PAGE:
January 29, 2011
Punta Arenas, Chile
Punta Arenas, Chile and Ushuaia have a rivalry. Both claim to be at the end of the world. Both claim to be the furthest south city in the world. Looking at a map it’s no contest, Ushuaia is obviously south of Punta Arenas. Punta Arenas makes its case saying it is a city while Ushuaia is only a town. However Lonely Planet lists this “town” as having more than 50,000 people. The town itself claims 70,000. I can understand Punta Arenas’ problem. It’s older and for years its claim was undisputed. Ushuaia, in very recent history, had only 7,000 people. But this all may be moot. Puerto Williams is further south than either; both bigger places call it a settlement. Puerto Williams, itself, claims to be the capital of Antarctica.
I’ve seen this in Norway where several municipalities claim to be the northernmost city, town or village in Europe. Both Punta Arenas and Ushuaia are prosperous with low unemployment. Both have duty free zones which has boosted their economies. You can read about Ushuaia in the next post.
Punta Arenas dates back to the times of the American Gold Rush. It was a provisioning town for people going to California from the East. British sheep herders from the Falkland Islands also settled here with their flocks. A lot of English speaking people settled here which is reflected in the names of stores, Anderson’s, Johnson’s and Scott’s although I think Fitz Roy’s Hostel is named after the captain of the Beagle, the ship on which Charles Darwin made his voyage. After the Panama Canal opened it lost a lot of business but now it is both a free trade zone, which has spurred industry, and it is a tourist town.
The city has a lot of old mansions from the wool barons and merchant chiefs. They line the plaza. Many have been restored and they give the city a European feel with a frontier edge. It’s a pleasant place to spend an afternoon.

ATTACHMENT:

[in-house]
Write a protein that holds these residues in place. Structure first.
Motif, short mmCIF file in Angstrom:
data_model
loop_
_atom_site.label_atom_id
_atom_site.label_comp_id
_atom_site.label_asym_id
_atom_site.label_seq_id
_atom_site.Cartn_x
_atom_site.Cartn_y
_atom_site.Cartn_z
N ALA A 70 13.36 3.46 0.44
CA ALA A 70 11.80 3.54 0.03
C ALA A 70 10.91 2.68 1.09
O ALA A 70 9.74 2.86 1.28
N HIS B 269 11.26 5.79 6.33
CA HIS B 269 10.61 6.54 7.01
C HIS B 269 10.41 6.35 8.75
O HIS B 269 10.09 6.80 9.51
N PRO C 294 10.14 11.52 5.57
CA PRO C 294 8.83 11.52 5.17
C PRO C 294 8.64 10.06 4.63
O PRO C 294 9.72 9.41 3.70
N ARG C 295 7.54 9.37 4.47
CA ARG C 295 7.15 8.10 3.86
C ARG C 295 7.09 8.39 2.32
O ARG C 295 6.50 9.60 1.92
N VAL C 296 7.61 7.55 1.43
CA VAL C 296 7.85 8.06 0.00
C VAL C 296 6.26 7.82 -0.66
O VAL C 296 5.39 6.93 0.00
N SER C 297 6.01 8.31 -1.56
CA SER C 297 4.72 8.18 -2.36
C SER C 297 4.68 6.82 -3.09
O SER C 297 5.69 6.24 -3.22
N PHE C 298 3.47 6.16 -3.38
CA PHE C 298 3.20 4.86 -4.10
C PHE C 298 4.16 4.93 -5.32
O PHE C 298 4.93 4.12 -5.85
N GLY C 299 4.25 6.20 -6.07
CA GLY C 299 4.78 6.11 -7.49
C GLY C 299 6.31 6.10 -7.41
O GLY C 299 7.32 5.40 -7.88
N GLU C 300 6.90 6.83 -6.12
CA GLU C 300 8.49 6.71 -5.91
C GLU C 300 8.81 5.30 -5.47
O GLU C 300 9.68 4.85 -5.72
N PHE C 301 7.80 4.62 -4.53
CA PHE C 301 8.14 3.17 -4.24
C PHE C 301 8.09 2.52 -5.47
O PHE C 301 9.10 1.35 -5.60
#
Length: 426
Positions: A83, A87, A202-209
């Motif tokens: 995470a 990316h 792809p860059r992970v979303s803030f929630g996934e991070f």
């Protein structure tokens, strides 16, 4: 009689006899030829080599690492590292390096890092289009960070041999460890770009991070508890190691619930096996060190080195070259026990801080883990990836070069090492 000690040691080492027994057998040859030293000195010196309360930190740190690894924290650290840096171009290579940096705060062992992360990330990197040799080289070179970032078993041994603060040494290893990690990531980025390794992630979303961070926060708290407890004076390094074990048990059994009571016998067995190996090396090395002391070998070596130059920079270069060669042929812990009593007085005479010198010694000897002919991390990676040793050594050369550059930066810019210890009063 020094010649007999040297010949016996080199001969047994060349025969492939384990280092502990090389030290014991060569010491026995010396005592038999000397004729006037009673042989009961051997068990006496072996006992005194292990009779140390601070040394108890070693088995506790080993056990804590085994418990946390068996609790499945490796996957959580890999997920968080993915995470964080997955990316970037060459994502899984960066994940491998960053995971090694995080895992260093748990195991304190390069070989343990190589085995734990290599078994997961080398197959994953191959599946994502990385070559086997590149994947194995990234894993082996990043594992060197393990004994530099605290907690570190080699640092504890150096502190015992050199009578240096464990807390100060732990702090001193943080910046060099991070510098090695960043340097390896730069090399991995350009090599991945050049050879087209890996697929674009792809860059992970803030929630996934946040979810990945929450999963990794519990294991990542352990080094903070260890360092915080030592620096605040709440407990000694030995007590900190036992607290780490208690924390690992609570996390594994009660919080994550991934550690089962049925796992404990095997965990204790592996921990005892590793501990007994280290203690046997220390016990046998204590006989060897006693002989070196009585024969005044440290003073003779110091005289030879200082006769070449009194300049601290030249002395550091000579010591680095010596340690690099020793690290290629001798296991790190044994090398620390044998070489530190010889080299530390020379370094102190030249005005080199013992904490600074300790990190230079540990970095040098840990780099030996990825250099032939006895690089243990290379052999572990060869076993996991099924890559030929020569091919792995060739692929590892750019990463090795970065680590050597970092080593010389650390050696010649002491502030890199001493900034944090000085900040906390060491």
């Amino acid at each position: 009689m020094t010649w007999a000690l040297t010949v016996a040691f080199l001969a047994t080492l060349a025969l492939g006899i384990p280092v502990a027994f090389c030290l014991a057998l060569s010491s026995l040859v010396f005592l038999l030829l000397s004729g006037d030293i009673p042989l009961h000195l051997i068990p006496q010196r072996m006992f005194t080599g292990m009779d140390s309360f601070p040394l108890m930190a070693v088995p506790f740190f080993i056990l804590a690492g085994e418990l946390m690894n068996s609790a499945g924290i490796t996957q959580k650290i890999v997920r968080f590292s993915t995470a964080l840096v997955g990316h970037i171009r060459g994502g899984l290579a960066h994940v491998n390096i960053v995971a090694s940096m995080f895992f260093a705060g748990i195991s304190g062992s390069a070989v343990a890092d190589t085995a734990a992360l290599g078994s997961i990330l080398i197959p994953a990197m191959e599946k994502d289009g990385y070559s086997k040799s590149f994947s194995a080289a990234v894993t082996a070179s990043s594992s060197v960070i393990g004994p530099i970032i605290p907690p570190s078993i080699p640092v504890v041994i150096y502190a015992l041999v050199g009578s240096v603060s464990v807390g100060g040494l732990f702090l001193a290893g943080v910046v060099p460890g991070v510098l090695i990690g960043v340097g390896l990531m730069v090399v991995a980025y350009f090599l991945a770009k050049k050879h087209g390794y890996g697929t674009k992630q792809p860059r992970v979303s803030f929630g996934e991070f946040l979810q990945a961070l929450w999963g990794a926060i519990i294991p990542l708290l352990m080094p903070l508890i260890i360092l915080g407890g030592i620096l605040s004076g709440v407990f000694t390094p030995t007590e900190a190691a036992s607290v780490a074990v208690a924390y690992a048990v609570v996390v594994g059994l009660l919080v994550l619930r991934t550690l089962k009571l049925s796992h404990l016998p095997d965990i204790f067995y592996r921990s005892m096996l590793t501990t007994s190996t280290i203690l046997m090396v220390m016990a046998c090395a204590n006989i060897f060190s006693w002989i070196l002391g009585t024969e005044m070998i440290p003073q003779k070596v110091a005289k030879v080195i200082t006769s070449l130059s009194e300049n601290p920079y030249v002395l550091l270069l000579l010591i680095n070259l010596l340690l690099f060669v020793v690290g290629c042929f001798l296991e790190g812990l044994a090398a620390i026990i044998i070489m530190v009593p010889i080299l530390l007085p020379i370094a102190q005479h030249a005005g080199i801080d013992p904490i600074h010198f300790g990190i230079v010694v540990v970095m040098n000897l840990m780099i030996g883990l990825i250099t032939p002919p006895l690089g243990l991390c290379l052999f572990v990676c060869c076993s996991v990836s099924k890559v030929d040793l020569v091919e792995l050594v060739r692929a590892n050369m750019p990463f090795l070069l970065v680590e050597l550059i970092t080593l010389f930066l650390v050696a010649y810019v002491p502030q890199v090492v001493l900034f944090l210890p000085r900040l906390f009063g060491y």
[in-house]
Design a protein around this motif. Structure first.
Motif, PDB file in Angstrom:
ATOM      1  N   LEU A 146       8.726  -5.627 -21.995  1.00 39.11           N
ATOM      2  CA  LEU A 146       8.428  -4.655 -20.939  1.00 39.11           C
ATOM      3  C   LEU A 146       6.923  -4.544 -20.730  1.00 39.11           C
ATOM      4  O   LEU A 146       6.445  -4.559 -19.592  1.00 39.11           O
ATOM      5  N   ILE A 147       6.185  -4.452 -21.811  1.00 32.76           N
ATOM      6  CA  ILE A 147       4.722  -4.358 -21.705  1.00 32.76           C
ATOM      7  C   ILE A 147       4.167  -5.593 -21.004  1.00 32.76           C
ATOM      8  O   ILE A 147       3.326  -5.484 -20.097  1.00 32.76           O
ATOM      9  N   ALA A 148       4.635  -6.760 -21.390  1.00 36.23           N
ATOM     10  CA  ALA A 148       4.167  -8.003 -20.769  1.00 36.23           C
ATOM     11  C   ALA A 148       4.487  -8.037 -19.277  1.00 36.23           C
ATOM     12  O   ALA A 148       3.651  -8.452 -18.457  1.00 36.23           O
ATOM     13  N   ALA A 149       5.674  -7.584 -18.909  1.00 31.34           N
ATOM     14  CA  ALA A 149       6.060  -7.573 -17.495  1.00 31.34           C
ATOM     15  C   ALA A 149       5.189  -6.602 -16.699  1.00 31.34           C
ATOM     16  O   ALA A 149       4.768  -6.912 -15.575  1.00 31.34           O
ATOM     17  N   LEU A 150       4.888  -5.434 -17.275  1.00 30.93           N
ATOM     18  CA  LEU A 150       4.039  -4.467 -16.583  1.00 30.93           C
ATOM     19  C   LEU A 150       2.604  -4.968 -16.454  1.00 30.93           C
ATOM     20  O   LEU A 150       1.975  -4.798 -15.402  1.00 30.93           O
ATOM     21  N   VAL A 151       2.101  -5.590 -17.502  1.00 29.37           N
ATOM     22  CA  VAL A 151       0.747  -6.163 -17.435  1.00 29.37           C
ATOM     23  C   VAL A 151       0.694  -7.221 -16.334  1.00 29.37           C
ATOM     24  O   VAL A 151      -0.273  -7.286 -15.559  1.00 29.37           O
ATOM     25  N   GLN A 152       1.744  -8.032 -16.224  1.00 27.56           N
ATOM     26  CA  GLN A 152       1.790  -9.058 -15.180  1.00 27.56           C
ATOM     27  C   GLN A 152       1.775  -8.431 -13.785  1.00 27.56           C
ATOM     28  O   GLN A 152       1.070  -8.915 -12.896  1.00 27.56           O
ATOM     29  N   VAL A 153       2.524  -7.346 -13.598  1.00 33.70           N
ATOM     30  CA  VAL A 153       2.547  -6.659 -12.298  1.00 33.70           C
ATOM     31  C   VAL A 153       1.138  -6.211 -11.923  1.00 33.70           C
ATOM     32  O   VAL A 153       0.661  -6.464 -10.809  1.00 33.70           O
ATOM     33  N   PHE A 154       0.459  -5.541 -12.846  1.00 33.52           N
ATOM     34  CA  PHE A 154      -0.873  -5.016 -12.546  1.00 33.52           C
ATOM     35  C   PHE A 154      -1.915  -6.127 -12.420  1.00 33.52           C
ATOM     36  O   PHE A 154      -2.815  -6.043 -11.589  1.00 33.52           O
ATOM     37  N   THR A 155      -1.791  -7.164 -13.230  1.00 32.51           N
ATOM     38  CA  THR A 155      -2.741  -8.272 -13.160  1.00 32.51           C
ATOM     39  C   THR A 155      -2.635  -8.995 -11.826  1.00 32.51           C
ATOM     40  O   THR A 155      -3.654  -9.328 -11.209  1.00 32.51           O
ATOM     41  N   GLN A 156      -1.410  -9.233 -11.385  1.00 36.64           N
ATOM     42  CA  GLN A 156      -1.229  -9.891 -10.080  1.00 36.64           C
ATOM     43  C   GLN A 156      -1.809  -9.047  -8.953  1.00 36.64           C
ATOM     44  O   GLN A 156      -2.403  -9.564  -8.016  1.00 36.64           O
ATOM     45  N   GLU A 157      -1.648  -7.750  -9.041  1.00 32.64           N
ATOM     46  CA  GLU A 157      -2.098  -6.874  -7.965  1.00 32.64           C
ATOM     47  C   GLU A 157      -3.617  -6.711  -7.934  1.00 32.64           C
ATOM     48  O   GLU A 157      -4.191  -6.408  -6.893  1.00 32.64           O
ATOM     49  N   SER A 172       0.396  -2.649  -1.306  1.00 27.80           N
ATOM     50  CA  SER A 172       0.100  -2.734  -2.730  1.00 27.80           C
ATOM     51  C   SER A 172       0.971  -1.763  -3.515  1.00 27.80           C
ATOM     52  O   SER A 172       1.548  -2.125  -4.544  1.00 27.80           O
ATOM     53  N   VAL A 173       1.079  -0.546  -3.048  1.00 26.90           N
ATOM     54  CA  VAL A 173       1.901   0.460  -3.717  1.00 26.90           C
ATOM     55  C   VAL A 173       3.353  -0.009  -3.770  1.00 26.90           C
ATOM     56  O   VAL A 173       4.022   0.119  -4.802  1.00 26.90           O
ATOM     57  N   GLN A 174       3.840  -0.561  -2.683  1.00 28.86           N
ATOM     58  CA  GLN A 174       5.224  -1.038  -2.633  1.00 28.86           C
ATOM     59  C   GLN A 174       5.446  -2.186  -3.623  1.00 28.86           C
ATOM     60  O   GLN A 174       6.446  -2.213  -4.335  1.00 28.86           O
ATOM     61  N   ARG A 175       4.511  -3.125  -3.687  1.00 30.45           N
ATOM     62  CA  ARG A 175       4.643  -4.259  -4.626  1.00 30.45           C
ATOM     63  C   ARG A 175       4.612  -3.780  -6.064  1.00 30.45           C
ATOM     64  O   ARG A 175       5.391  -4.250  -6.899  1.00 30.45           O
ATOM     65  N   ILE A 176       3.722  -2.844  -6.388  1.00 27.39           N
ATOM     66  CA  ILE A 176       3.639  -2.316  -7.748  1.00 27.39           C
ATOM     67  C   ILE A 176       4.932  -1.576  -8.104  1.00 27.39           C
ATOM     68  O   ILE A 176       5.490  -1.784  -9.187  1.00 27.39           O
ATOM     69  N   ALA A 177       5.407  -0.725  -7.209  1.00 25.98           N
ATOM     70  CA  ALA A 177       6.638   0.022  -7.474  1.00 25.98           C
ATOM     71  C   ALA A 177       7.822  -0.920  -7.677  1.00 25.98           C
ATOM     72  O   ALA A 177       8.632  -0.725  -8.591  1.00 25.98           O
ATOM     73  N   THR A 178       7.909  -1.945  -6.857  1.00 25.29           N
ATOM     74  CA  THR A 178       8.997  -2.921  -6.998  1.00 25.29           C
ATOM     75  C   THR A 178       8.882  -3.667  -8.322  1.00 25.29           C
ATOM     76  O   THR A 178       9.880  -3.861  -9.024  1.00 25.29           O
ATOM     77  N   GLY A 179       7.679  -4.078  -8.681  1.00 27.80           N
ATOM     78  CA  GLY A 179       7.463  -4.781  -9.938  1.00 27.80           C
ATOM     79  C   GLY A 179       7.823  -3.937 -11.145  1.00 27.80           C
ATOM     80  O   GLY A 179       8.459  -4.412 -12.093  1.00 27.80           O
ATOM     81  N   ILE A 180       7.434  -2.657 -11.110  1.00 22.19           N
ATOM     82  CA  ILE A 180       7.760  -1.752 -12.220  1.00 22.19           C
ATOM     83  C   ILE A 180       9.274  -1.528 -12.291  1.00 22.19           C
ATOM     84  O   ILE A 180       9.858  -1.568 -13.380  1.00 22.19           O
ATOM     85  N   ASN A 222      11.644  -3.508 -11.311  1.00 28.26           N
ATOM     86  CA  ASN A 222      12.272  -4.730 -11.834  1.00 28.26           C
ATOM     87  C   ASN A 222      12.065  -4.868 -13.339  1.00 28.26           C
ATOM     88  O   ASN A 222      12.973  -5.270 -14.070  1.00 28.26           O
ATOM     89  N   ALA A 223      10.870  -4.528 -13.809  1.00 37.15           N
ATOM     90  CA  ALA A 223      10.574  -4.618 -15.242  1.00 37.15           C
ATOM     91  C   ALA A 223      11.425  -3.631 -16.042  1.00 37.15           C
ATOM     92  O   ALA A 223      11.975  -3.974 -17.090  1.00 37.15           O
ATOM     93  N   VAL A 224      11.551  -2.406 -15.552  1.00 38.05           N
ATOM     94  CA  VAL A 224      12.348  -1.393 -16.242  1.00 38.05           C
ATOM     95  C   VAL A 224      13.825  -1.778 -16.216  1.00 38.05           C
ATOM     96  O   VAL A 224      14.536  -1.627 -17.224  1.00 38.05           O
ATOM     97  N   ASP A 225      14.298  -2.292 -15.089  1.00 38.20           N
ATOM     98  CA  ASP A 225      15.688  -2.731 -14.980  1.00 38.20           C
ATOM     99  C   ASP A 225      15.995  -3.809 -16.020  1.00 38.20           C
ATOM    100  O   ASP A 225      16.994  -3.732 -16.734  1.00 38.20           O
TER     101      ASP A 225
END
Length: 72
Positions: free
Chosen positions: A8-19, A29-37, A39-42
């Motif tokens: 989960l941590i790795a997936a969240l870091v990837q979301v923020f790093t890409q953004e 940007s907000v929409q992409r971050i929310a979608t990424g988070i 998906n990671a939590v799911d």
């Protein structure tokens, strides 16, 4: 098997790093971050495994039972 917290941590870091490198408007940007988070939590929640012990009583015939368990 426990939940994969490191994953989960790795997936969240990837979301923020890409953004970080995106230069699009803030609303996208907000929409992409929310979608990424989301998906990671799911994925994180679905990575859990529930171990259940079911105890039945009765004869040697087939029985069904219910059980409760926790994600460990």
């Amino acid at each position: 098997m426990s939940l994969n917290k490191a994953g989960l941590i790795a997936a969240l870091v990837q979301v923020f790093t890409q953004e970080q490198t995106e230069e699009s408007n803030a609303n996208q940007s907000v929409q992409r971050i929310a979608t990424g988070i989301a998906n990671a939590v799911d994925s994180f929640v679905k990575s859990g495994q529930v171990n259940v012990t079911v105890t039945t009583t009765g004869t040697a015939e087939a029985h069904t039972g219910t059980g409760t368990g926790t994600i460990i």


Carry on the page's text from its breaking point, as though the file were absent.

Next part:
Lonely Planet laments the free trade zone on the outskirts of town as changing the town’s character. We were glad it was there, not that we needed to stock up on booze, but Suzi’s camera died so we spent about an hour in 4 different camera stores getting her a replacement at a good price. We took a cab there and, on the way back, the driver pointed out a cemetery to us telling it was the world’s most beautiful cemetery. Did we want to look? I am not a person who likes visiting cemeteries but the world’s most beautiful? I guess a city needs to have a backup plan when its claim to be the end of the world is challenged.) The Cemetery is on municipal land but a woman named Sarah Braun is responsible for the layout and design. It has sections for different ethnic groups and occupations. There is a fireman’s section. We stumbled into the Croatian section. Croats are one of the largest ethnic groups in the area, coming here between the world wars. Names like Juan Vasalovič mark the stones. Even at the end of the world I can’t escape the Balkans.